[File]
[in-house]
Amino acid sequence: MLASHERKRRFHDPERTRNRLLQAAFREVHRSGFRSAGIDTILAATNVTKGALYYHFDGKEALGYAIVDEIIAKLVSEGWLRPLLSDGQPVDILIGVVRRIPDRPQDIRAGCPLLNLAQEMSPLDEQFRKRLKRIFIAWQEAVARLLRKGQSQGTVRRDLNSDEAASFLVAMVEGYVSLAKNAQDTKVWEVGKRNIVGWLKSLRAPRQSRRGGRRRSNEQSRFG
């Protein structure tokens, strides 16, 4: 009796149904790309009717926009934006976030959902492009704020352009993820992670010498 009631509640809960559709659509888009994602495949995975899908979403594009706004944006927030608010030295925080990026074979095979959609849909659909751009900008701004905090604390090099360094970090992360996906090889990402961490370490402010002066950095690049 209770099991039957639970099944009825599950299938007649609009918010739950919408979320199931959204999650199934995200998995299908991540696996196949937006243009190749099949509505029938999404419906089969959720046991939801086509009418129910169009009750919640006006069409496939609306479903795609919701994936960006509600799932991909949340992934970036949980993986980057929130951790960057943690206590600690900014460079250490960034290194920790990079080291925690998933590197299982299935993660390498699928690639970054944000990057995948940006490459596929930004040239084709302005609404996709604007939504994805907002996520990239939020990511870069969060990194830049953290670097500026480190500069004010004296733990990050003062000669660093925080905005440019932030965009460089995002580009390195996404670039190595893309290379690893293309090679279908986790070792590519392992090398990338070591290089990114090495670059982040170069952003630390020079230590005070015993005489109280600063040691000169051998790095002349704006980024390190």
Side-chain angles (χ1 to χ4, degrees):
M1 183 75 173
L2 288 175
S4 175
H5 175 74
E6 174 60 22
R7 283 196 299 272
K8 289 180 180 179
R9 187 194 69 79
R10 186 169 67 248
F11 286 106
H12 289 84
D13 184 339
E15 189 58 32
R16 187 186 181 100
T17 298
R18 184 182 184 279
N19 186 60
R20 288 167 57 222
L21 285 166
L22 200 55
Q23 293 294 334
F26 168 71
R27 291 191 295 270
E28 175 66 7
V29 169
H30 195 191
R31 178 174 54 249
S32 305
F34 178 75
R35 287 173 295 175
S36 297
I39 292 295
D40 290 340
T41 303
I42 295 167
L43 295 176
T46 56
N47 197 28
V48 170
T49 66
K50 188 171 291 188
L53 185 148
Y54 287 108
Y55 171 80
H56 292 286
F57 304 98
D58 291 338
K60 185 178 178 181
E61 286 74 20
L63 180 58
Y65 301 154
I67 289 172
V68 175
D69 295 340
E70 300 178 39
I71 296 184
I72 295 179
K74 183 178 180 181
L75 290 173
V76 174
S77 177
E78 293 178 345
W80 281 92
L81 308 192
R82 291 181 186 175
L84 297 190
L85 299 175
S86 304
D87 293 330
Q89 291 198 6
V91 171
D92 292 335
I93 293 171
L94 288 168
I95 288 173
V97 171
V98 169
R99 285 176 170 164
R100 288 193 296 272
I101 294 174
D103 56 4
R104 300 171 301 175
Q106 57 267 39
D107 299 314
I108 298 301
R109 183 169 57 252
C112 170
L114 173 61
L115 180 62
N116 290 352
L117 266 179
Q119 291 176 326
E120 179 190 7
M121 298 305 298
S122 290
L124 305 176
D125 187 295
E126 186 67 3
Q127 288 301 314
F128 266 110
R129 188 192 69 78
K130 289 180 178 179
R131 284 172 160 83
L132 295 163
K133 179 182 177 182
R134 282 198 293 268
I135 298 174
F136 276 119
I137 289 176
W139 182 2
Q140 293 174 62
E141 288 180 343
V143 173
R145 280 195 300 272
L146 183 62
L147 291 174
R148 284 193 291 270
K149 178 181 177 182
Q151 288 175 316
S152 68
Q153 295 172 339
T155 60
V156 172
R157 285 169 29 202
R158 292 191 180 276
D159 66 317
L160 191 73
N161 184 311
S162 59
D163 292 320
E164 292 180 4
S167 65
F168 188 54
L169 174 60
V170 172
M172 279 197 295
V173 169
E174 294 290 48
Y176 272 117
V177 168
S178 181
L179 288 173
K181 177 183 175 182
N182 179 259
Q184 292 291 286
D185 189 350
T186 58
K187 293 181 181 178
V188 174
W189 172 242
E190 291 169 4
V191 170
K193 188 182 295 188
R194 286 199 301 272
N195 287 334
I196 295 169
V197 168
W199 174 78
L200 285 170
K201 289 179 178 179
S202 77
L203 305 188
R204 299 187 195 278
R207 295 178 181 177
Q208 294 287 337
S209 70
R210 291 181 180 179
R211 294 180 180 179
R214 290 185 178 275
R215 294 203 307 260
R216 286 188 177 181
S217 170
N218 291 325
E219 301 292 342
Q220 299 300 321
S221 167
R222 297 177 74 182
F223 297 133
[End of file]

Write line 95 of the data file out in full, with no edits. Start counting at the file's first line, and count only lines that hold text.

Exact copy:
L117 266 179